AANIteacherHiking is a rewarding outdoor activity, but there are a few things that every Hiker should know before they head out for the trail. Bringing plenty of water along with you in a good Hydration Pack or Hydroflask is probably the most important thing to remember. On average a hiker will consume approximately two gallons of water per person per day when the temperature is around 100 degrees Fahrenheit, while here in Oregon it doesn’t usually get that hot, or higher, it is always a good idea to have more water than you think you will need. It can also get very cold during the winter months here in Oregon, especially when snowshoeing, or even on a day hike on a fair winter day. Always wear proper clothing and have additional clothing available in case the weather conditions turn extreme (hoter or colder than expected). Failure to do so may result in your having to be rescued, or in your death.

I can’t say enough about the need to carry enough water, just do it!

You should also have good hiking boots instead of walking shoes. Many of the trails have loose sand and dirt and you will need the extra traction. Be sure to check out the bottoms to look for good traction when buying your boots. The hiking boots being sold today are much lighter and more comfortable than the hiking boots of a few years ago.

Another helpful hint for any hiker may sound funny, but don’t forget to trim your toenails! On the downhill part of the hike you will be VERY glad you did. If you don’t, your big toe will be pushed into the front of your boots, and it will cause much MISERY !

You should always check out the weather reports before heading off into the backcountry. You can be caught by an unexpected storm and get into trouble very easily.

It is a good idea to let someone know where you are going and when you expect to return just in case something happens to you. You should also never hike alone, and you should always carry a cell phone. However, remember that you may not be able to get cell phone reception while out in the wilderness, so don’t count on your cell phone in case of an emergency! It may be just a useless piece of equipment without reception, so stay on the trail, plan ahead, and use common sense while out hiking.

And stay on the trail!!

I can’t stress this enough. Unless you know the area like the palm of your hand, and have hiked the area for years, stay on the trail! Most lost hikers get lost because they leave the trail to explore. It is very easy to get turned around, especially in the forest, but if you stay on the trail you will most likely not need to call 911 to get rescued!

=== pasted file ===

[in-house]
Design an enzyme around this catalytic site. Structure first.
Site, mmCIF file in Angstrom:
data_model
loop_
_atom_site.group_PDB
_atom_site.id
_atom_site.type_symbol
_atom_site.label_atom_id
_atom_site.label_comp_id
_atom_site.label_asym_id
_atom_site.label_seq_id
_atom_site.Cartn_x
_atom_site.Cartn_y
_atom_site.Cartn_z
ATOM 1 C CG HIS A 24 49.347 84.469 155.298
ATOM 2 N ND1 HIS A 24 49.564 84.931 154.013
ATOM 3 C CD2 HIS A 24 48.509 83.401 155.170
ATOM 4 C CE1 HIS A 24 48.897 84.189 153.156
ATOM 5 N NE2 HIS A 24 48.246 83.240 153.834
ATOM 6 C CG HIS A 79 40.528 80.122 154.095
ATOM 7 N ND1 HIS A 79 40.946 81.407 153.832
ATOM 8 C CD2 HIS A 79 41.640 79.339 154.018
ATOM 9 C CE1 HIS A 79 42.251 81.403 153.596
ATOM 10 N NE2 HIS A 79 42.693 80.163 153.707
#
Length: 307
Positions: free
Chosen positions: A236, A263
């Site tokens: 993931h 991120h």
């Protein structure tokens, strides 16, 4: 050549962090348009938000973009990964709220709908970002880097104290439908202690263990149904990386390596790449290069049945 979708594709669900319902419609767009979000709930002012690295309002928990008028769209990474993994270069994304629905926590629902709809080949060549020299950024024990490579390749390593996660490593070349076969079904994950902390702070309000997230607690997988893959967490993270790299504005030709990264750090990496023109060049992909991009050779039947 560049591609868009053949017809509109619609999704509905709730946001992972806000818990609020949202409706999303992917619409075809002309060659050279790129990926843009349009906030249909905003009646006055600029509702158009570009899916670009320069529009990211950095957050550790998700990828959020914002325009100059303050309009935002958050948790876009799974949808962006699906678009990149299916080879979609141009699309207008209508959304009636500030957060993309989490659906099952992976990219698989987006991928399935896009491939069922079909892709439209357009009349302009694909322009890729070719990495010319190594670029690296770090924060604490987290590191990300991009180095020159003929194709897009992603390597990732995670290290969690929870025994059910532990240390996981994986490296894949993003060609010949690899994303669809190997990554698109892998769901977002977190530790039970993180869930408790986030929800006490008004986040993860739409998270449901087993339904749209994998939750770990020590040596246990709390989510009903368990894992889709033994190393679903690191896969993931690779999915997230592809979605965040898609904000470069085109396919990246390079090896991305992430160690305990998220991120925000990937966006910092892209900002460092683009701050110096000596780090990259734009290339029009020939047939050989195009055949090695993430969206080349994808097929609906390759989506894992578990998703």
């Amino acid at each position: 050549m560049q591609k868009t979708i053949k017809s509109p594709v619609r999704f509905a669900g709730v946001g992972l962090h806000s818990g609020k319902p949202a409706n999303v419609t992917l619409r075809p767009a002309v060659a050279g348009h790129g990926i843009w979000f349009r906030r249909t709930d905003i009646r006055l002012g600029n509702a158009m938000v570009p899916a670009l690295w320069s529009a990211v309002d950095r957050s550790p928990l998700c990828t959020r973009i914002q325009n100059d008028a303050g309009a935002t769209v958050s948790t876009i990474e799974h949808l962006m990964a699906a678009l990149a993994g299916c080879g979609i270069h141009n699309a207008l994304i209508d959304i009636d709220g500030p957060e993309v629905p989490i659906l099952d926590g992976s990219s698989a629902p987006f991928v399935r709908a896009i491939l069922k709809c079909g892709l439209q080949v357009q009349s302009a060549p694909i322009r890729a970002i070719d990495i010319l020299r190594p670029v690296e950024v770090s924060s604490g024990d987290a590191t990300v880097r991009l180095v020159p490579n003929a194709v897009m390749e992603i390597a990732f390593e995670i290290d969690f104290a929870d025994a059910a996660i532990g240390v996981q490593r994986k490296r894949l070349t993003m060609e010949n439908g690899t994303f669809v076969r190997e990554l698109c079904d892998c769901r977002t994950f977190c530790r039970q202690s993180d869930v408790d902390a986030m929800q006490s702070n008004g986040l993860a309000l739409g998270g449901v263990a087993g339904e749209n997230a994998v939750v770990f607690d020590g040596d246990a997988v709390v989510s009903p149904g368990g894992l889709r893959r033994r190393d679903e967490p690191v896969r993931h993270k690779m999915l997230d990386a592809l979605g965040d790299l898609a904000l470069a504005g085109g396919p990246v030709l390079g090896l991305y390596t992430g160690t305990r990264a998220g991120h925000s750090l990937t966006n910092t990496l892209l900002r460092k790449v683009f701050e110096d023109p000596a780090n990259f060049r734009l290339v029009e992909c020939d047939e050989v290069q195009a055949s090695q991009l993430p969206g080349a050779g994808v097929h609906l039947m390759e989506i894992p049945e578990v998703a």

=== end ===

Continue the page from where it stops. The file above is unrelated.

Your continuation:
Items To Take With You On A Hike

  • Water ( like I said, you can’t have too much)
  • Food. We usually carry Apples or other fruit, some string cheese, and energy bars like Cliff or Luna Bars.
  • Trekking Poles or a walking sticks. You can have one, or two whatever your prefer. They really help absorb the shock on your knees while going downhill, and they add power on the ascent. There are some nice trekking poles out there starting around $45. If that is not in your budget, do like I did and find ski poles at a thrift store for about $2.
  • Compass and a map of the area. Most of the trails listed on this website are really easy to follow, but it is a good idea to carry these items. I also recommend a good and a handheld GPS unit, but don’t rely on modern technology, have a Compass as well.
  • A good breathable Hiking Hat to keep the sun off your head and face. Baseball hats tend to trap heat.
  • Sunglasses
  • An outdoor safety and survival kit, or matches, a lighter, or a dependable fire starter of some kind (you just never know when you will need them).
  • You should also carry a headlamp for each member of your group, and a couple small flashlights. I know, you are going on a DAY HIKE right? But if something happens and you are out there after dark, you will be glad you did. And you should also make sure you have extra batteries for the headlamps and flashlights.
  • Good sunblock that can resist sweat ( the higher the SPF number the better ).
  • Aspirin, ibuprofen, or whatever pain reliever you prefer.
  • A good first aid kit. And it is also a good idea to carry a snakebite kit (it is rare to see Rattlesnakes if you STAY ON THE TRAIL, but it does happen especially in and around Smith Rock State Park).
  • A good outdoor survival knife.
  • A good camera (don’t depend on cellphone photos, get a good camera …) and binoculars.
  • Imodium … What can I say?
  • A ChapStick or other lip balm.
  • Kleenex and Toilet paper (Kind of speaks for itself…)
  • And always have a cell phone in case of emergency (but only in emergency, stay off it and enjoy nature). However, remember that you may not be able to get cell phone reception while out in the wilderness, so don’t count on your cell phone in case of an emergency! It may be just a useless piece of equipment without reception, so stay on the trail, plan ahead, and use common sense while out hiking.

Always remember to use common sense when hiking, and STAY ON THE TRAIL. Please pack EVERYTHING that you bring on the hike back out with you. Please don’t leave trash behind on the trail when you leave.

Also, please leave plants, rocks and any historical artifacts as you find them.